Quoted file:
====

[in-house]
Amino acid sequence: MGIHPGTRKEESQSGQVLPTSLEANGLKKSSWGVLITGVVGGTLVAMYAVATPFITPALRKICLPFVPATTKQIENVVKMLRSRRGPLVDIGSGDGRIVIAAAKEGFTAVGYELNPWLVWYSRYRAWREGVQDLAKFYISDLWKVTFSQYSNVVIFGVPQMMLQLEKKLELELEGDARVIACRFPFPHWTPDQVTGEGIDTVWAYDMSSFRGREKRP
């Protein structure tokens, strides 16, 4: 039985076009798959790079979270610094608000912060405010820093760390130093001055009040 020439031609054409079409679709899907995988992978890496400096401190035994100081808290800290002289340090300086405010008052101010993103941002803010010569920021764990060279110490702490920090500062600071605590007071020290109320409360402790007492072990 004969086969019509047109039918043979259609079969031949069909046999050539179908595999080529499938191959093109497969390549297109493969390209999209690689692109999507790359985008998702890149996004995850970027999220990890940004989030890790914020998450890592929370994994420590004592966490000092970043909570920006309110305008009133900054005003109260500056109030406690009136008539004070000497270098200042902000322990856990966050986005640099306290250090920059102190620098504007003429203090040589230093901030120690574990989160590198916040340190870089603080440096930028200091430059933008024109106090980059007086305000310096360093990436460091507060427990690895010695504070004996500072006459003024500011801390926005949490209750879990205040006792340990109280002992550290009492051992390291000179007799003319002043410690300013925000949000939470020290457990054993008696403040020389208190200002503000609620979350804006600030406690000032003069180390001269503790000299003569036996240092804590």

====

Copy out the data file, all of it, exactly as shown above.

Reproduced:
[in-house]
Amino acid sequence: MGIHPGTRKEESQSGQVLPTSLEANGLKKSSWGVLITGVVGGTLVAMYAVATPFITPALRKICLPFVPATTKQIENVVKMLRSRRGPLVDIGSGDGRIVIAAAKEGFTAVGYELNPWLVWYSRYRAWREGVQDLAKFYISDLWKVTFSQYSNVVIFGVPQMMLQLEKKLELELEGDARVIACRFPFPHWTPDQVTGEGIDTVWAYDMSSFRGREKRP
């Protein structure tokens, strides 16, 4: 039985076009798959790079979270610094608000912060405010820093760390130093001055009040 020439031609054409079409679709899907995988992978890496400096401190035994100081808290800290002289340090300086405010008052101010993103941002803010010569920021764990060279110490702490920090500062600071605590007071020290109320409360402790007492072990 004969086969019509047109039918043979259609079969031949069909046999050539179908595999080529499938191959093109497969390549297109493969390209999209690689692109999507790359985008998702890149996004995850970027999220990890940004989030890790914020998450890592929370994994420590004592966490000092970043909570920006309110305008009133900054005003109260500056109030406690009136008539004070000497270098200042902000322990856990966050986005640099306290250090920059102190620098504007003429203090040589230093901030120690574990989160590198916040340190870089603080440096930028200091430059933008024109106090980059007086305000310096360093990436460091507060427990690895010695504070004996500072006459003024500011801390926005949490209750879990205040006792340990109280002992550290009492051992390291000179007799003319002043410690300013925000949000939470020290457990054993008696403040020389208190200002503000609620979350804006600030406690000032003069180390001269503790000299003569036996240092804590």